FIG. 5 illustrates an external store context management architecture 500 utilizing minimum logic hardware. In one embodiment, the external store context management architecture 500 may utilize three context memory blocks. A reference context block 502 may hold the common reference context weight values while a first working context block 504 and a second working context block 506 hold the current updated context value for the current CABAC bit count phase. A first switch 508 selects between the initialization phase address and the encoding phase address for the reference context block 502. Further, a second switch 510 selects between the initialization phase address and the encoding phase address for the working context block 504. In addition, a third switch 512 selects between the initialization phase data and the encoding phase data for the first working context block 504. A fourth switch 514 selects between the initialization phase address and the encoding phase address for the second working context block 506. Further, a fifth switch 516 selects between the initialization phase data and the encoding phase data for the second working context block 506. A counter 518, which is controlled by a state machine 520, generates the initialization addresses for the initialization phase. The first working context block 504 and the second working context block 506, i.e., the working context blocks, are updated in parallel during each of the eight CABAC bit count phases. The external store context management architecture 500 updates one of the working context blocks with the common reference context weights while updating the other working context block with the new weights based on the syntaxes form from the current CBAC bit count phase. The two working blocks are swapped in the next of the eight CABAC bit count phase. The external process is utilized to resend the syntax sequence for the selected mode back to the hardware bit counting CABAC engine to update the common reference context table to reflect the final state of the context weights after encoding the current MB. The external processor may sequentially store the syntaxes for the modes in the memory to reduce the work load. Further, the syntax sequence resend process involves a pointer adjustment and a memory data transfer between the external processor and the hardware bit counting CABAC engine of no more than one hundred sixty two sixteen bit words. In one embodiment, the one hundred sixty two sixteen bit words include a maximum of one hundred sixty two syntax per MB. In another embodiment, the minimum time per CABAC bit count phase is limited by the reference context table transfer task. In one embodiment, a maximum of four hundred fifty nine two hundred MHz clock cycles is utilized for a maximum of four hundred fifty nine context weights. In one embodiment, the external store context management architecture 500 may utilize forty eight ALMs and three M4K memory blocks. The worst case cycle time required is given by the following equation: worstCase150 MHzCycle=(modeCount+1)*(binsPerModeMax).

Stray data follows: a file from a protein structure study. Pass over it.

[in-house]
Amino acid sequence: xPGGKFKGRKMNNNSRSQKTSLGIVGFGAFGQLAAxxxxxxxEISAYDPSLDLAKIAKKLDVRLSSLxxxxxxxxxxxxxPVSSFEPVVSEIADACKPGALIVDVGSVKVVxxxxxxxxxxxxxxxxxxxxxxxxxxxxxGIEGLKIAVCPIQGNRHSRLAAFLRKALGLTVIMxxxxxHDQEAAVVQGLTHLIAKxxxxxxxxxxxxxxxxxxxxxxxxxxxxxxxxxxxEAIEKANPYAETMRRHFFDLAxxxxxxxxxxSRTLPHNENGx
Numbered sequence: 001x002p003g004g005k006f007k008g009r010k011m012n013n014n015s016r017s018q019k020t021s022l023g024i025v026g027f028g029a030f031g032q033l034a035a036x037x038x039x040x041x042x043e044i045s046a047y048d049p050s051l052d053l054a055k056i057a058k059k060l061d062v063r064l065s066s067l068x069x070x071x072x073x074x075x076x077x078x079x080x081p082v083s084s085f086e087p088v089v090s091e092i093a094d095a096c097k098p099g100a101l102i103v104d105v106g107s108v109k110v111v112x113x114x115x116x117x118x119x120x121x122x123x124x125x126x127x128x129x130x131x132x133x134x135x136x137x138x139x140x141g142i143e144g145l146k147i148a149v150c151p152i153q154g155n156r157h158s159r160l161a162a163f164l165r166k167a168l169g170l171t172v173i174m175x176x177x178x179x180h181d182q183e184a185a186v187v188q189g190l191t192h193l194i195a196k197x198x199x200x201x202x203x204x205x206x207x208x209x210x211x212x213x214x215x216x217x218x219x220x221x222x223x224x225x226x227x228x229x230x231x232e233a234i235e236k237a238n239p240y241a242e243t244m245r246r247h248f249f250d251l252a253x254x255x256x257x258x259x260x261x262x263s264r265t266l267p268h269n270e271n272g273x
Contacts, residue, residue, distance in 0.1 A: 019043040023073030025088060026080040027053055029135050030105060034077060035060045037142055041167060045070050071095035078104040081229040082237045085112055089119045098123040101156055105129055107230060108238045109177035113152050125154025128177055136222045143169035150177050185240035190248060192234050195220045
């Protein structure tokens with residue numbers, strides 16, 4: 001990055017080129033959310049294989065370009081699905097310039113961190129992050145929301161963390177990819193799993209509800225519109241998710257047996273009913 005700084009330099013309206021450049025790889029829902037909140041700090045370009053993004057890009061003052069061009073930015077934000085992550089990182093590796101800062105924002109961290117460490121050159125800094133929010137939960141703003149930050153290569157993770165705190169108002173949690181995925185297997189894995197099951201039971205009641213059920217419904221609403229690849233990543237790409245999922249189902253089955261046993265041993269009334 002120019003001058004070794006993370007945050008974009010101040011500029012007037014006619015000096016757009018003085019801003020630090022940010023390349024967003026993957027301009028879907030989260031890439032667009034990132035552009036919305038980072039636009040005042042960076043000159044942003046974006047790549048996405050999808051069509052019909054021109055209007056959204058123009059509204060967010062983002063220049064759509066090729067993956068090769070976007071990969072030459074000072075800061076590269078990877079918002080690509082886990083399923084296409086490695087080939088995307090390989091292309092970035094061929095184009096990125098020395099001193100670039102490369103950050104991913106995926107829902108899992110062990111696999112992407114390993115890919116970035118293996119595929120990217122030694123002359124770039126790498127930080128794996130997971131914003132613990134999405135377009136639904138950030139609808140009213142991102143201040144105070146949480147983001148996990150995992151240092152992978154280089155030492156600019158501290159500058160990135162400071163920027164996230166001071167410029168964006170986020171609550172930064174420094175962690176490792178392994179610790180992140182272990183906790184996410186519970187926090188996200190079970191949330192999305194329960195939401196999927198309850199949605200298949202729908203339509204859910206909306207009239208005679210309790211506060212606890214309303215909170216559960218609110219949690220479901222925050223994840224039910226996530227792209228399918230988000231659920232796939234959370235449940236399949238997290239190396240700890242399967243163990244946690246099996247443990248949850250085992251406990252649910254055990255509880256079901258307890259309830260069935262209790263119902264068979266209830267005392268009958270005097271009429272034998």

FIG. 6 illustrates a process 600 that may be utilized for encoding MBs. At a process block 602, the process 600 records a plurality of CABAC weight values for a first MB. The first MB resides in a first edge of a first frame in a plurality of images Further, at a process block 604, the process 600 encodes the first MB with the plurality of CABAC weight values. In addition, at a process block 606, the process 600 initializes a second frame in the plurality of the images with the plurality of CABAC weight values. Finally, at a process block 608, the process 600 encodes a second MB with the plurality of CABAC weight values. The second MB resides in a second edge of a second frame in the plurality of images.

FIG. 7 illustrates another process 700 that may be utilized for encoding an MB. At a process block 702, the process 700 selects a plurality of CABAC weight values from a set of predefined CABAC weight values. Further, at a process block 704, the process 700 initializes a frame in a plurality of images with the plurality of CABAC weight values. Finally, at a process block 706, the process 700 encodes an MB with the plurality of CABAC weight values. The MB resides in an edge of the frame in the plurality of images.